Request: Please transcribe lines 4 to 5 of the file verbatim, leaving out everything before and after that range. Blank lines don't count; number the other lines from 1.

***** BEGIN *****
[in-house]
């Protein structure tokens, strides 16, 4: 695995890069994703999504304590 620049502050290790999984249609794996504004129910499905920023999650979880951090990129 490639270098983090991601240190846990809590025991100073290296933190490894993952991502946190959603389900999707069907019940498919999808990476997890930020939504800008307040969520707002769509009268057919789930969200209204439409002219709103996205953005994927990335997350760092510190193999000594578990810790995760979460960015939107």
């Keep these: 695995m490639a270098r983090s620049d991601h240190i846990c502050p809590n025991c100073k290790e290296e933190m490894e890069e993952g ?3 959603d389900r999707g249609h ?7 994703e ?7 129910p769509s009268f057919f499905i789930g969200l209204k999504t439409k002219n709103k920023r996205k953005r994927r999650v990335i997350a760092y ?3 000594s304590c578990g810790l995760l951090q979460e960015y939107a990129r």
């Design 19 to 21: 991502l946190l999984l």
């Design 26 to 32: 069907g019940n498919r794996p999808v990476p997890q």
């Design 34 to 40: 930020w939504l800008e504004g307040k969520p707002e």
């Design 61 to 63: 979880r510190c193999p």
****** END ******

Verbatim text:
């Design 19 to 21: 991502l946190l999984l």
């Design 26 to 32: 069907g019940n498919r794996p999808v990476p997890q």